The New England Conservatory, located in Boston, MA, honored its 150th anniversary in 2017 with the opening of the Student Life and Performance Center, a building that needed to provide practice spaces, performance facilities, and student housing all under one roof. It was important that this new building – the first for the Conservatory in 60 years – have a unique identity and express architectural creativity and innovation.
“The New England Conservatory wanted a unique identity and more creative expression for their new campus center,” said Steve Gerrard, AIA, LEED GA, and Principal, Ann Beha Architects. “The façade composition reflects the Conservatory’s own ambitions: creative, contemporary exploration combining tradition and innovation.”
The Student Life and Performance Center holds more than 250 residential units, in addition to orchestra and jazz rehearsal rooms, a black box opera workshop, the New England Conservatory library, 250 student rooms, a dining commons, and spaces for collaboration and gathering.
The building’s façade was designed to convey the Conservatory’s commitment to both contemporary thought and tradition. This was achieved with a terra cotta rainscreen, staggered windows, and a 40-foot tall perforated metal screen, which acts as a curtain, allowing for glimpses of the performance spaces and the activity within.
The design team, a collaborative effort between Ann Beha and Gensler, specified CENTRIA’s EcoScreen perforated metal panels in a dynamic Cascade profile to help distinguish the curved form of the exterior performance screen from the rest of the building. Visually, it adds a shimmering, veil-like element to the structure. These panels are constructed through a unique fabrication process that utilizes 20 gauge stainless steel and 0.040" painted aluminum. The result is a 10 - 40 percent open area that provides an airy aesthetic and controls light and air movement, while elegantly blending industrial and other applications with their surroundings.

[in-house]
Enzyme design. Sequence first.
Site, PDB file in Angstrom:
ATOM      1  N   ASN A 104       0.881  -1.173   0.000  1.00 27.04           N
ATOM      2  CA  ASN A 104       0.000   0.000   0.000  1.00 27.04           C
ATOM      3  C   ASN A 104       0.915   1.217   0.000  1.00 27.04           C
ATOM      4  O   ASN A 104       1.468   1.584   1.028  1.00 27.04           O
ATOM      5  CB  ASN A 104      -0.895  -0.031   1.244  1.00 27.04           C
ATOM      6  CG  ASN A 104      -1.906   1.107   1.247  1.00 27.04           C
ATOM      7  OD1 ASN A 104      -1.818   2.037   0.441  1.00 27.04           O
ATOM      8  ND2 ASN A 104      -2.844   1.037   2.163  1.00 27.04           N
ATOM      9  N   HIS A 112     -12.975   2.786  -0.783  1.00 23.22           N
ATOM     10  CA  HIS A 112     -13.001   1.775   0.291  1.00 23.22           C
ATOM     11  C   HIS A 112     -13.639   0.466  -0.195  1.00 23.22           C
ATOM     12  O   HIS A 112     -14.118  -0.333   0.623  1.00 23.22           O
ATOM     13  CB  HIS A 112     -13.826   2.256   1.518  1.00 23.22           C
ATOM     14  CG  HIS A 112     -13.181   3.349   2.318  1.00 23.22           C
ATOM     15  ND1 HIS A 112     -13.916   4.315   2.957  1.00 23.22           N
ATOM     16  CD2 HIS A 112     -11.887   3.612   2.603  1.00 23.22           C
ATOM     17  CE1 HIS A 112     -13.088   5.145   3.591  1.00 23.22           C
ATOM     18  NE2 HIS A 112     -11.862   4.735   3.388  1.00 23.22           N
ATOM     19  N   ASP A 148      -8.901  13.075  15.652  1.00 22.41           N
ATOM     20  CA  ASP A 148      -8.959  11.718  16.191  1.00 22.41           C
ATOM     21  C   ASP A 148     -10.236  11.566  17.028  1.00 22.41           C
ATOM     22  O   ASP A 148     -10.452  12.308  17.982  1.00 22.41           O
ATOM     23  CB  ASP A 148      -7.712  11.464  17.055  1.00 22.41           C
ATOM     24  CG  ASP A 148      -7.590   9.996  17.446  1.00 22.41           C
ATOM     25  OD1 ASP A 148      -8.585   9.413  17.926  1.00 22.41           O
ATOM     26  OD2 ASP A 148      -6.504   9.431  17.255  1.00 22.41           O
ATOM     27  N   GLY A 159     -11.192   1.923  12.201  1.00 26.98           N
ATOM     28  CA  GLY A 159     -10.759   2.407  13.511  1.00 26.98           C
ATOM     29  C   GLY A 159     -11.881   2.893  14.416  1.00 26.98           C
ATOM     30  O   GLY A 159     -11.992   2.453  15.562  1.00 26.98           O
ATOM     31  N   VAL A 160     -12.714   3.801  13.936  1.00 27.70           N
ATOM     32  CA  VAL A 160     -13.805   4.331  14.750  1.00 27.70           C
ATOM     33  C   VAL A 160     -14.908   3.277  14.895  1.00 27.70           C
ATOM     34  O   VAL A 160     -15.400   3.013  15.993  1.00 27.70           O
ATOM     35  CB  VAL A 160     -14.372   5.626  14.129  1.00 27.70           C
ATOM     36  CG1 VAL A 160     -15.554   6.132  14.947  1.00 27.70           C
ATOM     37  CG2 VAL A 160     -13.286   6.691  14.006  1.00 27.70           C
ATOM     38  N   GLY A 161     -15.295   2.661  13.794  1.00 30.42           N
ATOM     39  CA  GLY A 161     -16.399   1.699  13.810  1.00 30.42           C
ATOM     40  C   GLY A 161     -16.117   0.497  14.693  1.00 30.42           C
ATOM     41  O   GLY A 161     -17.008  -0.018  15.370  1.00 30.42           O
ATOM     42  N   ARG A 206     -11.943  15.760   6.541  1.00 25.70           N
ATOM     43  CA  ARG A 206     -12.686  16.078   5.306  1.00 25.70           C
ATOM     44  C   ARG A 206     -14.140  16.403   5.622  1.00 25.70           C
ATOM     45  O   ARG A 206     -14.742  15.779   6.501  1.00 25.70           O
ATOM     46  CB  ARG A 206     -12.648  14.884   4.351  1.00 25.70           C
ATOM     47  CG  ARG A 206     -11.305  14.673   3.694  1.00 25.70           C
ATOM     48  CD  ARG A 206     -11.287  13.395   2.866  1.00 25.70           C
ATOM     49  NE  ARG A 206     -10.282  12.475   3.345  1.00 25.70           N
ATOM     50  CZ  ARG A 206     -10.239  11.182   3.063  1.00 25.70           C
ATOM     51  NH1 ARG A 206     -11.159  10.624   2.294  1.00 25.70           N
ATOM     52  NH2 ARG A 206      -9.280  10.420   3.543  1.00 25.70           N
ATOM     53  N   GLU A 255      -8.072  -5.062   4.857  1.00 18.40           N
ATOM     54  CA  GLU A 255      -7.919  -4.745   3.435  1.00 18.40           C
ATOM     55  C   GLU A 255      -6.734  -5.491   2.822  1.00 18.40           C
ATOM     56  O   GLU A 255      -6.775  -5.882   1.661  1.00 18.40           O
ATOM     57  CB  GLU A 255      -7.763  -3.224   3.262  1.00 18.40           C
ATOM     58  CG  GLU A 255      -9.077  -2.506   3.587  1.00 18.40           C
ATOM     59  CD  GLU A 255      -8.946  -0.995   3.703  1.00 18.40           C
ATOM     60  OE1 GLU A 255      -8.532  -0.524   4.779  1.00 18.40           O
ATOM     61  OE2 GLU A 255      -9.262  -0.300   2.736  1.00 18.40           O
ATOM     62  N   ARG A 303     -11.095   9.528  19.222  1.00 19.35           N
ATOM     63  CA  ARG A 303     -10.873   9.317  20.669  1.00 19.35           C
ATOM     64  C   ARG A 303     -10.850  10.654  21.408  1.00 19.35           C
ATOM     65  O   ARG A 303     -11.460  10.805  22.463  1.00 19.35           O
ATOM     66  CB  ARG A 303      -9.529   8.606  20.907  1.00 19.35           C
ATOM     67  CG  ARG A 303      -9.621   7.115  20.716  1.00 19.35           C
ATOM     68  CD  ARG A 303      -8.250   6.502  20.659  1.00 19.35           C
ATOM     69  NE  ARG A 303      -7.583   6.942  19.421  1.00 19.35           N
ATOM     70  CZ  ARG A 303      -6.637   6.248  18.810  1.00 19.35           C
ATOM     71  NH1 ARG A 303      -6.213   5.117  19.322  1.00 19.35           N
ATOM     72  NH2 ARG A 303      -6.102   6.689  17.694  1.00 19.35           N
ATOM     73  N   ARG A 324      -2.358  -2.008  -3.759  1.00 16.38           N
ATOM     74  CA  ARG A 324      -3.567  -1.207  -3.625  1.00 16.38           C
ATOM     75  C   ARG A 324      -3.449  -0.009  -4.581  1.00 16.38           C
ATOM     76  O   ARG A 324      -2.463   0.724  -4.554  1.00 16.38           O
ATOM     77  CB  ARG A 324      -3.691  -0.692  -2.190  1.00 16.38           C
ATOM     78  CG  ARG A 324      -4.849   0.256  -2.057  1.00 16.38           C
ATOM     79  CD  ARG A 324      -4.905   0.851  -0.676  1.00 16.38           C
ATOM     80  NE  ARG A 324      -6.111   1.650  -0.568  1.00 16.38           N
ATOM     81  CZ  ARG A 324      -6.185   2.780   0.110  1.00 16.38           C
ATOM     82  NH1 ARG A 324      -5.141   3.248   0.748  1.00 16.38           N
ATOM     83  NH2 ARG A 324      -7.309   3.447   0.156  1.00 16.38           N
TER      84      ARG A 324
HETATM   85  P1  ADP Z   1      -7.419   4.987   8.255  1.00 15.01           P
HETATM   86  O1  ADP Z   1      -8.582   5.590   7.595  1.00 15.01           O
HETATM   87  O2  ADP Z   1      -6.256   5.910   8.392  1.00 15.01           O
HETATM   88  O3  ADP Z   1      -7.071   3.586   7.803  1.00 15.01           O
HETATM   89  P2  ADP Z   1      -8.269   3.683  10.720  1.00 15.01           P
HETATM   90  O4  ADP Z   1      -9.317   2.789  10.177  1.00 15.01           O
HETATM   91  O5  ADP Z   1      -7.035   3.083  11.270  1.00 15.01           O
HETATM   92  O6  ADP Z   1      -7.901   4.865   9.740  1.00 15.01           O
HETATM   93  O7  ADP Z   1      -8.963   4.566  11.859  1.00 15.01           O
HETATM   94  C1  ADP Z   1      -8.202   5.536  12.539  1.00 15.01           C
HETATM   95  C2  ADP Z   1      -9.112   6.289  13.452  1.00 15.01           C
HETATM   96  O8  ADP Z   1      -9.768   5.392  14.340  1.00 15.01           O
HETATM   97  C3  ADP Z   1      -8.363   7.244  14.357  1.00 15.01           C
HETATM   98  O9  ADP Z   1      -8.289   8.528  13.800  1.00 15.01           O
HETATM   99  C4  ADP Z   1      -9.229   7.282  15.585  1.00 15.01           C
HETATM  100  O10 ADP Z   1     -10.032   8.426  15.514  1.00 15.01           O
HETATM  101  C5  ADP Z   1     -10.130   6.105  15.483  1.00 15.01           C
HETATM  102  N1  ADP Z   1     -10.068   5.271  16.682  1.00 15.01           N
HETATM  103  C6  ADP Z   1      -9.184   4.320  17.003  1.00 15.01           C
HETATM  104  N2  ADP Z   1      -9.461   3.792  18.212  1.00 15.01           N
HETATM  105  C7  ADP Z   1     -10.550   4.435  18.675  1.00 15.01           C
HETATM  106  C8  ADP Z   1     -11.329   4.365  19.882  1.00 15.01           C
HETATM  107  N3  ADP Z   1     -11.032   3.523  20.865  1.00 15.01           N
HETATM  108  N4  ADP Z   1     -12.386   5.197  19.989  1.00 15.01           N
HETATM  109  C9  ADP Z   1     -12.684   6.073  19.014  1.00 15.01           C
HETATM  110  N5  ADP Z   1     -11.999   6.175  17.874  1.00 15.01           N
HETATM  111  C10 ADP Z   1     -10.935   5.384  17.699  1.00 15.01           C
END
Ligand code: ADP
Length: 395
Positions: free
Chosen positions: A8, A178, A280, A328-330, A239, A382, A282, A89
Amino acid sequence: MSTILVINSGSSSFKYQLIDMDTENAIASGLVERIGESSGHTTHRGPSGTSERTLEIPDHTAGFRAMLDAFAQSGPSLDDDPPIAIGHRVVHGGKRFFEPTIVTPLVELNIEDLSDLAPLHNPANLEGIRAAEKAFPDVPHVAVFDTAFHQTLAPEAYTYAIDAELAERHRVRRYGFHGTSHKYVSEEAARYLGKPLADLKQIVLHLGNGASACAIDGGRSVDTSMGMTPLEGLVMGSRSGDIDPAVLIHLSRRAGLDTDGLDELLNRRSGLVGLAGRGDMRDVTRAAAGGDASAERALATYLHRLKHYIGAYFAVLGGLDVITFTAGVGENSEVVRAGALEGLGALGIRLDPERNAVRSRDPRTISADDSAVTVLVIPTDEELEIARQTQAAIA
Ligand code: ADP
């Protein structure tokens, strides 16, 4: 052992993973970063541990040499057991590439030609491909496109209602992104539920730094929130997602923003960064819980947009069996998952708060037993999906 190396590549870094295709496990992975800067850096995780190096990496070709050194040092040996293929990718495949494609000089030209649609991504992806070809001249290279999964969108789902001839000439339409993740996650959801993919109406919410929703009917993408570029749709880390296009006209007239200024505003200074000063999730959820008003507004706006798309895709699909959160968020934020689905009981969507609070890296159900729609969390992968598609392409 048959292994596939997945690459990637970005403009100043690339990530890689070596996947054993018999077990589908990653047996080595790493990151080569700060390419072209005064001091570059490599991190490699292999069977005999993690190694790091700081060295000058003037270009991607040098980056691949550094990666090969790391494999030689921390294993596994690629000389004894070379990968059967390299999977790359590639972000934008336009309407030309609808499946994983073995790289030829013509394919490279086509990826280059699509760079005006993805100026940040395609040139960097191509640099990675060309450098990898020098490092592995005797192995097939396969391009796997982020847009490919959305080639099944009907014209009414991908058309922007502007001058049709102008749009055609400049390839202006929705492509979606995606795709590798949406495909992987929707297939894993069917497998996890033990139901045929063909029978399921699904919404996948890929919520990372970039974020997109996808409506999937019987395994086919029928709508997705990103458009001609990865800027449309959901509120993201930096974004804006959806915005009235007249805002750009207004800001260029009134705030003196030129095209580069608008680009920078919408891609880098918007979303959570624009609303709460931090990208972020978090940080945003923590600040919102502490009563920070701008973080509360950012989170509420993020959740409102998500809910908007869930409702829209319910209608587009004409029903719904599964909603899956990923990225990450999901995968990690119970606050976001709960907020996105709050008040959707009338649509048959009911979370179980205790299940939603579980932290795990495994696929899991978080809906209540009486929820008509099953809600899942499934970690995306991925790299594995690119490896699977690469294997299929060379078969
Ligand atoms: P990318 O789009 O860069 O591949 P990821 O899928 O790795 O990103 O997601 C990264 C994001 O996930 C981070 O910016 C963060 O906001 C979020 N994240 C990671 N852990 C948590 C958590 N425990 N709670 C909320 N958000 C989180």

In this application, EcoScreen enables the performance screen to also be functional, as it helps minimize street noise coming into the structure, and allows light to filter into the orchestra rehearsal space. At the penthouse level, additional EcoScreen panels were used to conceal some of the building’s mechanical equipment.
“The CENTRIA EcoScreen panels help distinguish the curved form of the performance screen, creating a shimmering veil expression,” explained Gerrard, “The screen diffuses street noise, and filters southern light into the orchestra rehearsal space. The Cascade profile made for unique vertical texture that catches light in dramatic ways.”
CENTRIA Versawall insulated, lightweight metal panels also clad the building where it faces an inner alley, creating long, sleek lines and providing superior thermal and moisture protection against the elements.
“The modular aspect of CENTRIA’s products made the system easy to panelize and install on large surfaces,” Gerrard said.
The Student Life and Performance Center is in the process of finalizing its LEED Silver certification. This project marked the fourth team effort between Ann Beha Architects and Gensler. The general contractor was AECOM Tishman, and the installer was Sunrise Erectors.